This is, surprisingly, something that my family has raved about. I just wanted to have somewhere for the Switch controllers to sit so they weren't on the sofa, but it's way more than that. The lights are far brighter than they could have been, and it turns into a little piece of glowing red and qreen art in the corner. It was pretty darn cheap, so well done to the manufacturer for doing fun and cheap at the same time. Plus it also just does the job with no problems. You need to buy one. Right now. It's really that good.
Burt's Bees Baby Unisex Baby Sleep & Play, Organic One-Piece Romper-Jumpsuit Pj, Zip Front Footed Pajama
Burt's Bees Baby Unisex Baby Sleep & Play, Organic One-Piece Romper-Jumpsuit Pj, Zip Front Footed Pajama
I have this in three colors and as usual with Burt’s stuff, the quality is all over the place. The squirrel pattern fits great and is snuggly soft. The second is pink with blue flowers and also fits well. The third one, mint with storybook bears, is a mess. One arm and one leg are each about an inch longer than the other side.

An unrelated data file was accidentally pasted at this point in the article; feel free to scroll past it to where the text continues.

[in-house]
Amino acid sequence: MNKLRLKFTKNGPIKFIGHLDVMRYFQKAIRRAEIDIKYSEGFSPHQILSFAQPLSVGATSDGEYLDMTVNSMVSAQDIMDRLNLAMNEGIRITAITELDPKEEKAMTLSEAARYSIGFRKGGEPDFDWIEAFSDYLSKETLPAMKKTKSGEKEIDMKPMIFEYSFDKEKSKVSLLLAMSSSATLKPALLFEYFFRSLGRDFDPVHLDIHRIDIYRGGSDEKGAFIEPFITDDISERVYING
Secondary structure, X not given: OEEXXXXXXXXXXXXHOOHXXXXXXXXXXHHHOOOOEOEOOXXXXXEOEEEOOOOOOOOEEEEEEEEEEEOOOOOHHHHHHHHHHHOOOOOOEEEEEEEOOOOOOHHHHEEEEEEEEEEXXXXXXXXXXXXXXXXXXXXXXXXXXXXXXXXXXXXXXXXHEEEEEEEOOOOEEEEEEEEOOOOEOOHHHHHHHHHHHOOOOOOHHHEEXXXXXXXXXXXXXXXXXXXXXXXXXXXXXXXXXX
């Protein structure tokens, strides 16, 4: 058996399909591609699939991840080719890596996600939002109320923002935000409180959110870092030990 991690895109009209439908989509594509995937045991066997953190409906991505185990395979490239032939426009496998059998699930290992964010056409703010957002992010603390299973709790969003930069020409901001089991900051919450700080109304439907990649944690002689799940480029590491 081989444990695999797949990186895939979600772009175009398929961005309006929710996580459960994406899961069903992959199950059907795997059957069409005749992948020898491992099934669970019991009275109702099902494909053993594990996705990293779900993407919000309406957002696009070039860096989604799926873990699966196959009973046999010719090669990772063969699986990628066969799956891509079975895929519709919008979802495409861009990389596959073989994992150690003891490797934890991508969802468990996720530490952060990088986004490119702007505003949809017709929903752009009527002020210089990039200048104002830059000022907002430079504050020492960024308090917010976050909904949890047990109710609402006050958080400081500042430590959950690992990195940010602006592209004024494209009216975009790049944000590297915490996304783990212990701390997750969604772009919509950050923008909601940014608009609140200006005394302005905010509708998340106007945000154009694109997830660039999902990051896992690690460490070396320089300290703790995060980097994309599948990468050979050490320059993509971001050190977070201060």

On all of them, the fabric is very thin and stretches out super easy. If my baby kicked a lot more when getting dressed, I’d be left with baggy fabric everywhere - which pretty much happens after 20 minutes of wear anyway if we don’t go straight to bed, as she crawls around and the feet stretch behind her when her knees pin the legs down.

I like Burt’s prints and the fabric is soft but the quality control is honestly very bad.